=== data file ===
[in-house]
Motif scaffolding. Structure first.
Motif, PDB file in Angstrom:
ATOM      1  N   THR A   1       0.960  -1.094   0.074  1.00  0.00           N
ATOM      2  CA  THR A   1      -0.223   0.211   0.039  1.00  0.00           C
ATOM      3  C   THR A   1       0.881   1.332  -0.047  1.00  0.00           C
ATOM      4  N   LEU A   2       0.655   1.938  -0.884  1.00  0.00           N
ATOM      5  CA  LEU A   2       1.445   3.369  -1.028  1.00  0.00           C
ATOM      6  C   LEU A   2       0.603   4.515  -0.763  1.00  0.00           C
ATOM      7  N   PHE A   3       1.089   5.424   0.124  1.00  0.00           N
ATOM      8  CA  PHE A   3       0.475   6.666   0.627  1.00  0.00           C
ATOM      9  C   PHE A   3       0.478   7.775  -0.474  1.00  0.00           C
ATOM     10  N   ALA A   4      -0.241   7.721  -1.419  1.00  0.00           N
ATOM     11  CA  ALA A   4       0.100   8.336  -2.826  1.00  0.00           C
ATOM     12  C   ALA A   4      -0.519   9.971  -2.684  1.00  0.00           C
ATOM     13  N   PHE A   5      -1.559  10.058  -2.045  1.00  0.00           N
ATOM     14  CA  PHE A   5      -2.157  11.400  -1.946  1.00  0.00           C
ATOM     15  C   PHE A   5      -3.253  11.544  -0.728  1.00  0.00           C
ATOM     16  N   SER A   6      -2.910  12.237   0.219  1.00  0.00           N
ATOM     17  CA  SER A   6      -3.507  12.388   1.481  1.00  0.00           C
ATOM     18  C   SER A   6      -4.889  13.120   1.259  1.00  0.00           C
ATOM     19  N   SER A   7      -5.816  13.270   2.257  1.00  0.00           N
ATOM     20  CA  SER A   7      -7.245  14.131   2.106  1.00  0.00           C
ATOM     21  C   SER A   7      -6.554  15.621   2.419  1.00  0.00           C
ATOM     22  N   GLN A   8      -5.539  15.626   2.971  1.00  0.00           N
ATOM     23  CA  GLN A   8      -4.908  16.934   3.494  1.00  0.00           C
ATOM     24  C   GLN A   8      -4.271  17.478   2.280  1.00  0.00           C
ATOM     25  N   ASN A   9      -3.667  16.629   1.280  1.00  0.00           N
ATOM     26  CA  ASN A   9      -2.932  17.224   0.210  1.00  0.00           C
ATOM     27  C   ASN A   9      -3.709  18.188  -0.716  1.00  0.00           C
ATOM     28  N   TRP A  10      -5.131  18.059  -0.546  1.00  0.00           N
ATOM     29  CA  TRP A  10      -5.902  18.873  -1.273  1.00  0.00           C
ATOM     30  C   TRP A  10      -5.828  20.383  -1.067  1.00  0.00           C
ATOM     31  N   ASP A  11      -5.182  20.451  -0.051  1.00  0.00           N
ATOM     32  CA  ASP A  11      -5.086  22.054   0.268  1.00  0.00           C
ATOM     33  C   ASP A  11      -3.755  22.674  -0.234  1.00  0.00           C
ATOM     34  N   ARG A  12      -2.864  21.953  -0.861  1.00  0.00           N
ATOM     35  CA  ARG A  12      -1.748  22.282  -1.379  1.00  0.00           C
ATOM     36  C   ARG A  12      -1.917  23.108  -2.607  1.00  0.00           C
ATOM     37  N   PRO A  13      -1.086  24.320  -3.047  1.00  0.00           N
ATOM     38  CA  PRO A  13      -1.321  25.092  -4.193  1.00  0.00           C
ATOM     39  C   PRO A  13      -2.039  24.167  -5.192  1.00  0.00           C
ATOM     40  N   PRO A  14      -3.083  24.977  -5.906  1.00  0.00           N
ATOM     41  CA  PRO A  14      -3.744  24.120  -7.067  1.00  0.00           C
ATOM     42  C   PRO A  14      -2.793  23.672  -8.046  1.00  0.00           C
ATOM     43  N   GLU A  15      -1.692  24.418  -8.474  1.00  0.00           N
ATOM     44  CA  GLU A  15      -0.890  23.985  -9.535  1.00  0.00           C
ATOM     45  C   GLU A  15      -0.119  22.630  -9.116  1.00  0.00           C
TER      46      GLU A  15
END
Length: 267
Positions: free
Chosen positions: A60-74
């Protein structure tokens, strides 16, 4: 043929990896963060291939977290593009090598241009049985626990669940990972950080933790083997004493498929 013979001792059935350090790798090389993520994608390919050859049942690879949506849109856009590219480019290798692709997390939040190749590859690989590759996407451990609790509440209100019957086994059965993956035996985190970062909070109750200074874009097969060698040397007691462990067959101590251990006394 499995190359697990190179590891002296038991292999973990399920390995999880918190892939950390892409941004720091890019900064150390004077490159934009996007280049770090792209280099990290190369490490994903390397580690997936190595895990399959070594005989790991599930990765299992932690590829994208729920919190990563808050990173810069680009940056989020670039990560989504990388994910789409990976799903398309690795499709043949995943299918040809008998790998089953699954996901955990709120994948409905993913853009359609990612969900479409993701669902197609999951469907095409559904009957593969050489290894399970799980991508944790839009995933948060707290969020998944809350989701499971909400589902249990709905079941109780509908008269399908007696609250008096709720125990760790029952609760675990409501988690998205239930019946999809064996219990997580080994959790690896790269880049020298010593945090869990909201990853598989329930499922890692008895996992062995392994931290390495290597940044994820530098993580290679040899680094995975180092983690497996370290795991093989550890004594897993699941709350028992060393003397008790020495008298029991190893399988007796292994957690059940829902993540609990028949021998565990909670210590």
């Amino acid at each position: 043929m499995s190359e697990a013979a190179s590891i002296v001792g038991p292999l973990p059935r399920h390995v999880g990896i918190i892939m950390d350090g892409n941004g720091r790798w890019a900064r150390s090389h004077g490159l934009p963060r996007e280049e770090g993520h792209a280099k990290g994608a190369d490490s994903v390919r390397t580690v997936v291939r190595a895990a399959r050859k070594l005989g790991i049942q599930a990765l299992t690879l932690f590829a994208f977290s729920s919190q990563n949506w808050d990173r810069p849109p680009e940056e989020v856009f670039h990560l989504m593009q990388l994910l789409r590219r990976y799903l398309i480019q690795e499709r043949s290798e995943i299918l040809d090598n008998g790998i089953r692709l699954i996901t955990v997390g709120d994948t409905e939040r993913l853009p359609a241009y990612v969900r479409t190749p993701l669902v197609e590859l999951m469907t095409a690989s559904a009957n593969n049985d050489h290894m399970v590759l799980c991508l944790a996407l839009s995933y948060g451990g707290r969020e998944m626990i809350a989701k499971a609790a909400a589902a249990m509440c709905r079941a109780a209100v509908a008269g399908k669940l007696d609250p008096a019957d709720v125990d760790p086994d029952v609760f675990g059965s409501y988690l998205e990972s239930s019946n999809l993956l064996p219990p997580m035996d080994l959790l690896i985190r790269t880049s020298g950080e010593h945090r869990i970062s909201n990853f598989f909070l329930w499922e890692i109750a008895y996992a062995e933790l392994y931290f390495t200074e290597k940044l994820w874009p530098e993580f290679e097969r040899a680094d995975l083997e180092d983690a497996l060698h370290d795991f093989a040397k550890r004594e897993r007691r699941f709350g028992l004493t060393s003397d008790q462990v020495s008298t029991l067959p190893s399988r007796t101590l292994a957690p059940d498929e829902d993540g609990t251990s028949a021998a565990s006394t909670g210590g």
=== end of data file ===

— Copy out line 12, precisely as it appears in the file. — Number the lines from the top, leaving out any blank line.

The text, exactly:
ATOM      9  C   PHE A   3       0.478   7.775  -0.474  1.00  0.00           C